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BANGKOK 19 August 2019 19:25
CALSinCM

Strategies for developing Thai listening skills

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I've been here long enough that I should be able to converse with Thais better.  My biggest problem is understanding what other people are saying.  I have a fairly broad vocabulary myself and can read and write at about a grade 3+ level - but - I can't understand what Thais are saying. 

So, a question to those who can converse in Thai.  How did you gain that level of proficiency? 

This is a real hump in my learning.  I know what I want to say and I can say it, but I fall flat because often I can only understand the basic gist of what the person I'm talking to is saying.  Immersion, like just conversing with Thais, isn't working for me.  I've been doing this for years and I'm going nowhere. 

So I'm looking for learning strategies to become much more proficient at understanding spoken Thai as my listening skills are really poor. 

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It is not likely your listening skills... I have the same issue, but to a lesser extent. My vocabulary is good enough to say near anything I want and be easily understood. However, there might be many ways to respond that have the same meaning. 

 

Since I speak well, they respond to me as if a native speaker and my comprehension can be lacking because I may not know the many many different possible responses. 

 

As to the comprehension, I might know all the words but have trouble putting them together quickly to make sense of them as a sentence. My mind will also stop on a word I do not know and then the rest of the words whizz by as I try and grasp the one I do not know...

 

I am not book learned, also been living in a small village/city and it just takes time. Be more aware of the many ways to convey the same meaning... good luck. I have been at it for 20 years now - it takes time or some schooling. You need a larger vocabulary. Good luck - I have really enjoyed learning and using the language.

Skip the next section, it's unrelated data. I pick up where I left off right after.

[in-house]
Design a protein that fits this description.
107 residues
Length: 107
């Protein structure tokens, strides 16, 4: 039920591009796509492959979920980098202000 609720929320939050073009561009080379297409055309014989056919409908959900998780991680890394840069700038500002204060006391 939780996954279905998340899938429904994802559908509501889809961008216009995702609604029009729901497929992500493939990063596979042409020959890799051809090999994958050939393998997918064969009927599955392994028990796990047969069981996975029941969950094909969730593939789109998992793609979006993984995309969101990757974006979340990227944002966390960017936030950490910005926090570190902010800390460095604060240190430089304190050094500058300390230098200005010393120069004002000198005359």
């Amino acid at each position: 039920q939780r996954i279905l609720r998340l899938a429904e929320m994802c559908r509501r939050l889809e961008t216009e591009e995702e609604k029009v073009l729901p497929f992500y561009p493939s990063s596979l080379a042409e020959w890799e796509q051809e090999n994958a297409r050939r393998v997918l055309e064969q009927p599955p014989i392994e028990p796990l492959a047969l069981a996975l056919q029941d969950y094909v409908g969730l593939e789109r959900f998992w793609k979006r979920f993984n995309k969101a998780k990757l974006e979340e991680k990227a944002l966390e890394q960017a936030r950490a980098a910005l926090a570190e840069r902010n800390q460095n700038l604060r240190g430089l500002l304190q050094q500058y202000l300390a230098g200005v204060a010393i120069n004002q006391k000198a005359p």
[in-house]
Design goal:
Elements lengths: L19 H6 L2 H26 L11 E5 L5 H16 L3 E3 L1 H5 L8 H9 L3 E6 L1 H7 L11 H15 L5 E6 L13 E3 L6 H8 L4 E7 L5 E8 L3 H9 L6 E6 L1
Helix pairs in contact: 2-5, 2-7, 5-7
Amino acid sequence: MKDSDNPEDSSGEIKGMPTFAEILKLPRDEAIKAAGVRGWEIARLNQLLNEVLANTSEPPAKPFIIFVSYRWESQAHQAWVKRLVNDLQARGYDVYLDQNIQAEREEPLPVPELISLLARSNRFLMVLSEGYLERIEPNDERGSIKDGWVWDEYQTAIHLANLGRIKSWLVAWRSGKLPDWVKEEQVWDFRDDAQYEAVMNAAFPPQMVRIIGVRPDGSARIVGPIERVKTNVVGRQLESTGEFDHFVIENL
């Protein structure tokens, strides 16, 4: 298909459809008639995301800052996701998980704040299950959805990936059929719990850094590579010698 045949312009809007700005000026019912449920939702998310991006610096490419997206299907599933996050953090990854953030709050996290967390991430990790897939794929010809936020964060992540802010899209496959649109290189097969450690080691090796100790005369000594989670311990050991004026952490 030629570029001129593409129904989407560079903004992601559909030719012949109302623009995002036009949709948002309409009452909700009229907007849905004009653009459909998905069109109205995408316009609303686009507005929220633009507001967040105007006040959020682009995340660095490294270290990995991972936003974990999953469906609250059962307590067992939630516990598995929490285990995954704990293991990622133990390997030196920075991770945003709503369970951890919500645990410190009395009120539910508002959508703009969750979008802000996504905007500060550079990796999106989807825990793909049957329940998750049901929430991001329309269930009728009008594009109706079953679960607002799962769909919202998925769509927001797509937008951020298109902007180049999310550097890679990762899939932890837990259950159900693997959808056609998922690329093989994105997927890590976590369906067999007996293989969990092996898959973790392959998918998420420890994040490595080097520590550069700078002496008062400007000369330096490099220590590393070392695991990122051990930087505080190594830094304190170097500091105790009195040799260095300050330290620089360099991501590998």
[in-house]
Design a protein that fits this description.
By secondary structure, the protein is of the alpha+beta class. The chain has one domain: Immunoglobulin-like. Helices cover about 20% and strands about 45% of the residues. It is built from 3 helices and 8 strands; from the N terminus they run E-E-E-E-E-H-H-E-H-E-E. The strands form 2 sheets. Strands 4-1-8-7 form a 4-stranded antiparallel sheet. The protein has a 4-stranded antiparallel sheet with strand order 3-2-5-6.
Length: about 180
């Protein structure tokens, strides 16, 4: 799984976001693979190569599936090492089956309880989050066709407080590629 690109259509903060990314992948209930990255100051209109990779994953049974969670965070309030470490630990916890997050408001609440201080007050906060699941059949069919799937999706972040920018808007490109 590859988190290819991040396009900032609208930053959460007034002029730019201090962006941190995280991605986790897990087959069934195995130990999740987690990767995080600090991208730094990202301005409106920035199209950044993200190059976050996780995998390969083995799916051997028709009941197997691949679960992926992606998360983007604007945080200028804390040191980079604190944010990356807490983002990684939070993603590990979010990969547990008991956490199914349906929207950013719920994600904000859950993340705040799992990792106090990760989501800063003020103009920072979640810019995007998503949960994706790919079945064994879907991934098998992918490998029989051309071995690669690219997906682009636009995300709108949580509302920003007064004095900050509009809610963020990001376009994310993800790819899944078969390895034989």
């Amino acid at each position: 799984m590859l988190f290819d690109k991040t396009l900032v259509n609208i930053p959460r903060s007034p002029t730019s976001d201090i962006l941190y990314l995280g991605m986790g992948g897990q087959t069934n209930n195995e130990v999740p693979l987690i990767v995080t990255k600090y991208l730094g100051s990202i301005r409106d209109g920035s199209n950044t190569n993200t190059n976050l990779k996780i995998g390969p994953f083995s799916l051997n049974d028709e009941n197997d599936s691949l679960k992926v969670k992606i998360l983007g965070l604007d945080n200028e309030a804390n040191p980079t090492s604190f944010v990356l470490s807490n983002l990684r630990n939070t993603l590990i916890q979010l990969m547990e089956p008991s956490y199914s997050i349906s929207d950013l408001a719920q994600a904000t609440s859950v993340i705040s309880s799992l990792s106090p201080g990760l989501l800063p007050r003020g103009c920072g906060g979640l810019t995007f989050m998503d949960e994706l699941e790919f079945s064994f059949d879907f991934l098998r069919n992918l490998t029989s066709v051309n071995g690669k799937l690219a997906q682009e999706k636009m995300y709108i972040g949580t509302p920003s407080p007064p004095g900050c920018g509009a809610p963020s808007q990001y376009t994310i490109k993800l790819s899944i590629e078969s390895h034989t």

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I have the same problem.

Maybe try some Thai soap operas on Youtube which have English translations or Thai subtitles. By replaying the difficult sections, you should be able to work out the Thai.

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My guess is it is just a time issue

 

Meaning it still takes time for your listening to translate Thai to English

That causes you to fall behind the speaker because while your translating 10 more words flew by

But if you can grab the gist of the statement that is usually enough even if you didn't catch every word

 

I think eventually that gets better but in the meantime I always ask if they can speak slower for me

(not that it always cures the problem 🙂 )

Edited by mania

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I'm only at the beginner level in Thai, about to move to intermediate, but at the advanced level in Spanish and Portuguese. I had the same problem as the OP. I bought a bunch of audio CD's with short stories/children's stories/folklore and listened to them over and over until I was sick of them and they were wearing out. Then I listened some more. Some stories I took the time to translate to written English which required hitting the pause and rewind buttons a lot. Also bought movies and TV series and watched them over and over. I found that no matter how many times I listened, I always picked out just a few more words that I never was able to before. It really helped.

Edited by ColeBOzbourne
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It's all about practice. Do you have conversations (more complex than "hi" and "fried rice please") with Thai people every day?

I'm probably quite the opposite. I never studied at a school and i learned Thai in every day life. My vocabulary is limited to the topic in which i'm interested, but in these topics i don't have any problems to have a conversation with a Thai speaker.

For example with my girlfriend i speak nearly exclusively Thai, this does of course give me a lot of practice. You probably also have a Thai partner, do you speak Thai or English with her?

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For me it's irritating that native speakers can't/won't slow down their speech when requested.

Like all languages, rapid speech jumbles all the words into one long utterance, mixes in idioms, colloquial expressions and dialect variations, and, on enquiry, may actually be Lao rather than Thai.

Good luck to the OP and well done to those posters who persevered.

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